Meet Our Wadsworth International Fellows: David Mensah

Continuing on with our spotlight of the Foundation's Wadsworth Fellowship recipients we'd like to introduce you to David Mensah. With the support of the Wadsworth International Fellowship, David Mensah will continue his training in medical anthropology at Northern Arizona University, hosted by Michelle Parsons.

Born and raised in Ghana, I obtained my BA degree in cultural anthropology at the University of Cape Coast, Ghana, where anthropology has offered an undergraduate degree program since 2009. My MA degree is in medical anthropology from Northern Arizona University (NAU) in Flagstaff. I am now in my second year in the Interdisciplinary Health Ph.D. program at NAU with an emphasis on psychosocial health combined with medical anthropological approaches. I am inspired by anthropological perspectives in mental health and drug addiction research that address treatment provision and improve care.


My research interest draws on medical anthropological approaches to mental illness and drug addiction stigma. My proposed dissertation aims to understand interpersonal and structural stigma processes in Ghana and how they impact persons with mental illness and mental healthcare structures including professions, institutions, sectors, financing, and policy. Through my research I aim to add to and build on the medical anthropological literature by examining interpersonal and structural stigma processes that impact mental healthcare. By testing my hypothesis that interpersonal and structural stigma is co-produced through social exchange, I aim to assess whether stigma is connected to social exchange resulting in the exclusion of the stigmatized from social interactions.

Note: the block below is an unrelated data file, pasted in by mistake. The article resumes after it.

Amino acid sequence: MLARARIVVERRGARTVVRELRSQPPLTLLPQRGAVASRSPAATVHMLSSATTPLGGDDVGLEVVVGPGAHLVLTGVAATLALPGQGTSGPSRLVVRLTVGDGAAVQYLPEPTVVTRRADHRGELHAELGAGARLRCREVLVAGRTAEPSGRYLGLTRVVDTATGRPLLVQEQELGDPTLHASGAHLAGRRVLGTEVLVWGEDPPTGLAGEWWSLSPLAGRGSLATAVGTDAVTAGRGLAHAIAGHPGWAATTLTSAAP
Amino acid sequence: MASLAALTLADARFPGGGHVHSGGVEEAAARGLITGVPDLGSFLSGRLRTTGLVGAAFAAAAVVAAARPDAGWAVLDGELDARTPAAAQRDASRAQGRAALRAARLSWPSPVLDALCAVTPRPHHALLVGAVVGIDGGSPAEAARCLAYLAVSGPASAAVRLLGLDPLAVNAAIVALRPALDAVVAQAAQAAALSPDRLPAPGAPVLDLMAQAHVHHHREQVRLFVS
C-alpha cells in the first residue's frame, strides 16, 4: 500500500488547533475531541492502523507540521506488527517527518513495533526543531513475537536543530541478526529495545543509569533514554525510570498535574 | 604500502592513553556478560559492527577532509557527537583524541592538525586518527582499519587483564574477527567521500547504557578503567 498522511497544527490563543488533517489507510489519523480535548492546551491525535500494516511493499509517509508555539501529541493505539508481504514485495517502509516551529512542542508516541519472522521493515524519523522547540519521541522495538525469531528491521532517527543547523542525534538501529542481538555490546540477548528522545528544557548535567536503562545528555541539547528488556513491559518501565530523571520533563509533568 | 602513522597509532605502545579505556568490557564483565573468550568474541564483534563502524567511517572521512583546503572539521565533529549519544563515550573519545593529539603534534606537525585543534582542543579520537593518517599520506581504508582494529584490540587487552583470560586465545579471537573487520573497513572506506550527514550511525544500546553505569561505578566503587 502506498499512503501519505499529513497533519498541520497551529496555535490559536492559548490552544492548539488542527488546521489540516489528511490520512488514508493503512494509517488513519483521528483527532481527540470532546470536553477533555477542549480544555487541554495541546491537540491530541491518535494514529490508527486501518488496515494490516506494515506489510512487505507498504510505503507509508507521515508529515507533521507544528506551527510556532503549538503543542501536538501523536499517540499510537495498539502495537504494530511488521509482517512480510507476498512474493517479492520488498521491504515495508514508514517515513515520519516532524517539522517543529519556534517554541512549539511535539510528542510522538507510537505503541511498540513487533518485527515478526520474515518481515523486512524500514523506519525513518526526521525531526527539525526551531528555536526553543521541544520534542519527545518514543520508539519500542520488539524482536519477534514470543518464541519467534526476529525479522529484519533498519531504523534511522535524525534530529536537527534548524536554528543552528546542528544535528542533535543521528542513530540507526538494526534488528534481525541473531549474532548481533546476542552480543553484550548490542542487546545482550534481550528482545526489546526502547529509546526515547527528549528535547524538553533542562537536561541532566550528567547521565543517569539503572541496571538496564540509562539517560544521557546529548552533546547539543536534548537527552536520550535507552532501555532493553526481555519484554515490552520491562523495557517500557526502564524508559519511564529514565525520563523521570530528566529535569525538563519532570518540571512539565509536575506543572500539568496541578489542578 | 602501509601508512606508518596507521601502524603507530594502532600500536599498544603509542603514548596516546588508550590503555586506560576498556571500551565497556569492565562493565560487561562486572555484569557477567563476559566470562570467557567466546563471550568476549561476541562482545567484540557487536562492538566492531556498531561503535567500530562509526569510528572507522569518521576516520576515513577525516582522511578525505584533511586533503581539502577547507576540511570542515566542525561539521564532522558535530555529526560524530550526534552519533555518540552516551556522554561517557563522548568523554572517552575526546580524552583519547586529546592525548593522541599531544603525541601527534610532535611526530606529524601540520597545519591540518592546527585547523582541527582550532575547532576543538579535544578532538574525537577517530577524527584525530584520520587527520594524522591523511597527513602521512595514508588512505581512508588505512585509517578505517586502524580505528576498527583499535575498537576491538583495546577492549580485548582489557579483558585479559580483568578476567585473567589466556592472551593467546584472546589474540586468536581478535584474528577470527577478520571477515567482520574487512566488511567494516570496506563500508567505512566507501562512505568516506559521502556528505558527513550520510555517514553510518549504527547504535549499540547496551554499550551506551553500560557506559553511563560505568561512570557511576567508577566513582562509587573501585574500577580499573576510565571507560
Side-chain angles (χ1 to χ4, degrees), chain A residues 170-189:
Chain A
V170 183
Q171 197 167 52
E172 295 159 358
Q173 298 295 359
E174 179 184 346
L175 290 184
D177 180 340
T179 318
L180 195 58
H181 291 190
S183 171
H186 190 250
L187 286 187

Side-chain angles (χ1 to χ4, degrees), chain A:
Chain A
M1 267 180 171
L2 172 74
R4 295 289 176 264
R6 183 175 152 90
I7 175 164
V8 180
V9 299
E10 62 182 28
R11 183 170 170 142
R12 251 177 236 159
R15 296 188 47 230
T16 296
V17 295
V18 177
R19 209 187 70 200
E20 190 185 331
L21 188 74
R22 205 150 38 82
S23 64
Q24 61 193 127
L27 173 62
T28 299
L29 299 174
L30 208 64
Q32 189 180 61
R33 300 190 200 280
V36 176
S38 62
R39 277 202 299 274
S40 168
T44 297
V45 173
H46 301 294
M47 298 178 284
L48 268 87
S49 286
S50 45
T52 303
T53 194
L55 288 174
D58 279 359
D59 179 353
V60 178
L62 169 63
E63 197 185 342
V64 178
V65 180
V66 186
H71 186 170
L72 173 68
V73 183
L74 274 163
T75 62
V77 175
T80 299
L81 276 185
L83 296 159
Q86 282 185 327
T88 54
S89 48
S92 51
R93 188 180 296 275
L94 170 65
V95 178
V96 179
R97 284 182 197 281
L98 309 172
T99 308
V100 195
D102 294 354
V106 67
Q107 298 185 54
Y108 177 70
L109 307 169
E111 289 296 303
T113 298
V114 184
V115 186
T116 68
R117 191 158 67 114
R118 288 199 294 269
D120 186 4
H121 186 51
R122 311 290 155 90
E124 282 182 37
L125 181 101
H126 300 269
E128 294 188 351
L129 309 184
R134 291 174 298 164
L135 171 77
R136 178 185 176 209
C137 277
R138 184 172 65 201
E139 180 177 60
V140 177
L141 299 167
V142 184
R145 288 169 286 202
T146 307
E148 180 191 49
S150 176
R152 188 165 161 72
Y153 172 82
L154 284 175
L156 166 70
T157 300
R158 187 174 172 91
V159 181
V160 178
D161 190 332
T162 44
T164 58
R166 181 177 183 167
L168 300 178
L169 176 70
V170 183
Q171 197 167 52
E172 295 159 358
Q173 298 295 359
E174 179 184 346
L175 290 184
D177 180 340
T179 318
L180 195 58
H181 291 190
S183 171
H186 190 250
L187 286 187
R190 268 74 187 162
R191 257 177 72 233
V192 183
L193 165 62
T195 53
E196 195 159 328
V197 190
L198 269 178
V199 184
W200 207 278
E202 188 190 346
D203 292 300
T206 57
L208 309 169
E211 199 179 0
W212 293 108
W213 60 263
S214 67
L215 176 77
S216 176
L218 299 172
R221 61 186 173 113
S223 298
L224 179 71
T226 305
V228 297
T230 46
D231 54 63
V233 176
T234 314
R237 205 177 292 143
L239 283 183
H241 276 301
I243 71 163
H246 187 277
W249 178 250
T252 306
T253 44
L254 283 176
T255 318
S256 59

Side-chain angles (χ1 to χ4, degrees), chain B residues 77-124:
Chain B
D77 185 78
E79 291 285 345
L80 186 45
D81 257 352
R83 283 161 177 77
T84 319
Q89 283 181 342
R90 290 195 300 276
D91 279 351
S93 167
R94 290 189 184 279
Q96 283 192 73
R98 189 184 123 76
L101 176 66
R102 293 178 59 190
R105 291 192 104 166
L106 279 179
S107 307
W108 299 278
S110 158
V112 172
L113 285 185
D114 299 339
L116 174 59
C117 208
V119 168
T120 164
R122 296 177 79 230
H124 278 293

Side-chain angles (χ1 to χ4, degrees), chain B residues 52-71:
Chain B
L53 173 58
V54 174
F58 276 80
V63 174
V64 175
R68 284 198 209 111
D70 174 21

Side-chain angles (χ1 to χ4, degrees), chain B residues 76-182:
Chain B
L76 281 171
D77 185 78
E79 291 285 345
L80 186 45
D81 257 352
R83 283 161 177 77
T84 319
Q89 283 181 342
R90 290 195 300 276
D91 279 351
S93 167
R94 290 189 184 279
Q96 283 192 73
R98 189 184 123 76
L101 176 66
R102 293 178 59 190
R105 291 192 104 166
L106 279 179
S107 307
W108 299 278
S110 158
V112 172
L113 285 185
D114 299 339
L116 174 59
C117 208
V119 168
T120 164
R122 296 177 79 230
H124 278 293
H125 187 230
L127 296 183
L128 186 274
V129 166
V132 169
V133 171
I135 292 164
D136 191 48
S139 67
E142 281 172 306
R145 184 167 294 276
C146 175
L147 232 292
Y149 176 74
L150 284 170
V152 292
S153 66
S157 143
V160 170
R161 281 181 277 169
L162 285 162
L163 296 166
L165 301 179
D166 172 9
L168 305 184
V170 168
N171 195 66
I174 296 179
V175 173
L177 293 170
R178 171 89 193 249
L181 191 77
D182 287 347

As a Ghanaian with solid training in anthropology, I believe a Ph.D. in interdisciplinary health will sharpen my research acumen to contribute both to the anthropology of global mental health and culturally attuned psychiatric care in Africa. I chose the Interdisciplinary Health Ph.D. program at NAU because it has academic resources to enhance my academic training and faculty members that are deeply rooted in medical anthropological approaches to global health issues.

I am passionate about mental healthcare in Ghana and I aim to establish a psychosocial health research institute with a major focus on mental health research in Ghana to promote the study of mental healthcare across the continent. I believe that anthropological understanding and approaches to mental health research are crucial to the promotion of mental healthcare in Ghana and Africa and beyond.